Cancel Culture: Cancel Actions, Not People

We need to stop “cancelling” people and start learning from them

Photo by Priscilla Du Preez on Unsplash

“[A] way for marginalized communities to publicly assert their value systems through pop culture”

My first experience with Cancel Culture was with none other than Jeffree Star himself, a member of the beauty community and multi-million dollar brand owner of Jeffree Star Cosmetics, after videos with racist content surfaced. The videos, which can be interpreted as a roleplaying bit where Star allegedly threatens to throw battery acid on a Woman of Colour to lighten her skin, sparked vast outrage among the community. Additionally, other videos and racial slurs previously recorded on the internet’s searing record of permanence were located and hashed out in the process. Star came out and apologized for his remarks in this video, however many people have not accepted his plea for forgiveness and explanation despite such efforts.

Groupthink: From Fiction to Psychology

Photo by Mario Purisic on Unsplash

“When groups feel threatened — either physically or through threats to their identity — they may foster a strong ‘us versus them’ mentality. This can prompt members to accept group perspectives, even when these perspectives don’t necessarily align with their personal views.” [Source]

All human beings are allowed to succumb to their passion to fight injustice, however, Cancel Culture is not the way to change things permanently. By censoring any discussion about these issues and only focusing on the views of your echo-chamber, you are limiting yourself and not allowing the opportunity for complete understanding. By deeming all constructive conversation and discussion that falls beyond the realms of the beliefs surrounding specific positions, we are limiting our understanding of each other.

It is possible to disagree with someone or something and still constructively discuss it in order to learn from it.

Often times, with psychological, biological and epidemiological study of human interaction we can understand why such opposing positions are upheld instead of simply dismissing them entirely.

A Band-Aid on a gunshot wound

We must not confuse the desire to discuss and openly critique certain views with unwavering support. There is a significant difference between those who discuss opposing views openly and academically and those who act out and uphold those views with their actions and their votes. By closing ourselves off from this opportunity, we are socially suffocating progress.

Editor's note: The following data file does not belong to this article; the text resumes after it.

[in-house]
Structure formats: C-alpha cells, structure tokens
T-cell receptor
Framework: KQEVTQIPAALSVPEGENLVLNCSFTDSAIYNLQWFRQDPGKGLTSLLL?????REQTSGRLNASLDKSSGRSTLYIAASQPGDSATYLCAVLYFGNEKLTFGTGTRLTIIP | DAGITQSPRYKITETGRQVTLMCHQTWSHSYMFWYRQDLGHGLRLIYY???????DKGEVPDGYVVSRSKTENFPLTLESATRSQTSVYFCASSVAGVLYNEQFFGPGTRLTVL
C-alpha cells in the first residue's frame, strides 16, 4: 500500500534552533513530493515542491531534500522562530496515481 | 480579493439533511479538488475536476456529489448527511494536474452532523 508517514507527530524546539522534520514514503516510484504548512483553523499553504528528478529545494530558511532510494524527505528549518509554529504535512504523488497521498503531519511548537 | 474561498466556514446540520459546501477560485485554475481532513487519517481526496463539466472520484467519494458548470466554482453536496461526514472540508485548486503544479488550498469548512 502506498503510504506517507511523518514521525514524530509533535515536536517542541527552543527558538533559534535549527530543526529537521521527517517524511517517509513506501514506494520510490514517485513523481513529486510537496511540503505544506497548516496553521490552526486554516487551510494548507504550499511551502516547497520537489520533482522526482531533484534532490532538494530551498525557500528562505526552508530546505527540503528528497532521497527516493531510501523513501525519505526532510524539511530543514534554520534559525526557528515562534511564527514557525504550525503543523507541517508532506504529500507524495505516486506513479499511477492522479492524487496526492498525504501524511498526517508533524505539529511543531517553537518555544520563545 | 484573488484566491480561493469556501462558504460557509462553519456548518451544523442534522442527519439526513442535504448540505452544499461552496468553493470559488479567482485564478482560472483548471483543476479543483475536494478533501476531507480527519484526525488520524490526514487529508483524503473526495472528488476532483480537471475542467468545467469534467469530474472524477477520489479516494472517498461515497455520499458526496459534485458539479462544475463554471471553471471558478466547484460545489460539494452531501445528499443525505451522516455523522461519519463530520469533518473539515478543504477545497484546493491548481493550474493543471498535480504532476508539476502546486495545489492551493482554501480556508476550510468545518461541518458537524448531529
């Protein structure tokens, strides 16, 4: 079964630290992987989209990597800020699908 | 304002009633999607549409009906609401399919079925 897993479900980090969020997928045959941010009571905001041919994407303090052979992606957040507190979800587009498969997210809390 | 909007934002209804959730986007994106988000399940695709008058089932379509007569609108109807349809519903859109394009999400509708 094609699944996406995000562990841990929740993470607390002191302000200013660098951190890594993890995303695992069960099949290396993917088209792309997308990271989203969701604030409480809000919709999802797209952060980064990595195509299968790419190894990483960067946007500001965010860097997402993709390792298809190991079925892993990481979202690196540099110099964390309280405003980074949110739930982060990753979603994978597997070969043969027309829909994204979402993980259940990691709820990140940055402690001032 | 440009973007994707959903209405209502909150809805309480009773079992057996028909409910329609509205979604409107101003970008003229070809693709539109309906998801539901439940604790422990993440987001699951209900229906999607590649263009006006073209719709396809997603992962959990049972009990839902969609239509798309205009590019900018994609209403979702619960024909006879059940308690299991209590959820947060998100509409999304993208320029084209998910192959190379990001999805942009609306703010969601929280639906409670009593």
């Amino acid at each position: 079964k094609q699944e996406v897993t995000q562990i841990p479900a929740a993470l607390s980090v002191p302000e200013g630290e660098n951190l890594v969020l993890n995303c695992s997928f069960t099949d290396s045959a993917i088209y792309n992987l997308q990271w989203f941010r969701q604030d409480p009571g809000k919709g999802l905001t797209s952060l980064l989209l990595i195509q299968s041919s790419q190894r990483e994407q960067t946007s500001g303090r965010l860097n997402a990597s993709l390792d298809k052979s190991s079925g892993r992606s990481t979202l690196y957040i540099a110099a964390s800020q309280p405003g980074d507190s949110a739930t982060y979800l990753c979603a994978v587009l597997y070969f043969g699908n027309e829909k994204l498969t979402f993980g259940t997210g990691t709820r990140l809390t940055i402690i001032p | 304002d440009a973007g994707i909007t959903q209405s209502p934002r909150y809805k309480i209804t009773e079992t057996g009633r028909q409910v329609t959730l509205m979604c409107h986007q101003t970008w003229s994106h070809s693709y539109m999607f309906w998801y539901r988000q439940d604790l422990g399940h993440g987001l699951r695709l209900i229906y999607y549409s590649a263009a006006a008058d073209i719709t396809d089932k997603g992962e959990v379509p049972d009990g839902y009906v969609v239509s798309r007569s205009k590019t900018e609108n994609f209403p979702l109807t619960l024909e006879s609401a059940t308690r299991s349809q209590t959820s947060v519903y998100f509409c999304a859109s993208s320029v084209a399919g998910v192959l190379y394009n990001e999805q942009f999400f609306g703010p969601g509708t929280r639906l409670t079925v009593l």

“When all think alike, then no-one is thinking” Walter Lippman

Dr. Steven Pinker, Canadian-born Harvard professor and Cognitive Psychologist tweeted an article from Psychology Today, written by Dr. Pamela Paresky. In this article, Dr. Paresky attributes the movement to politics by noting:

Fear of being outcast from the group is an incredible tool to influence behaviour, however Cancel Culture is using this very powerful tool incorrectly.

By creating the toxic environment of cancel culture in non-crime related circumstances we are creating a curated echo-chamber of fear amongst the online community. By merging the permanence of online history with the ever growing imperfect and emotional nature of human beings, we are fuelling this stunningly intense fire. It is a Band-Aid solution for a systemic problem, and simply outcasting everyone who does not fit a specific ideological social mold will only temporarily “fix” the deep set issues in our society. Although there are edge cases that merit the removal of their platform for the safety of the lives of others, we still need to be discussing and working together in those circumstances instead of blindly RSVP-ing to the weekly witch-hunt without any indication or forethought. I


Although I cannot propose an indefinite solution, it’s worth thinking about when you begin to feel the pressure to cancel someone in the next big social media scandal. Throughout history as human beings, we have used social isolation to our advantage to promote a society with less racism and more acceptance, but in order to do that we need to discuss the philosophical and psychological meanings more deeply. We need to discuss why these topics merit such social punishment, and we need to continue to dissect the nature of human beings in order to progress forward. If we are living in a world of “one strike you’re out”, how can we progress and be better than we were in the past?

Bachelor of Design Student, Freelance Digital Designer, Musician. I write about design and life. Twitter: @sarahsaccomanno

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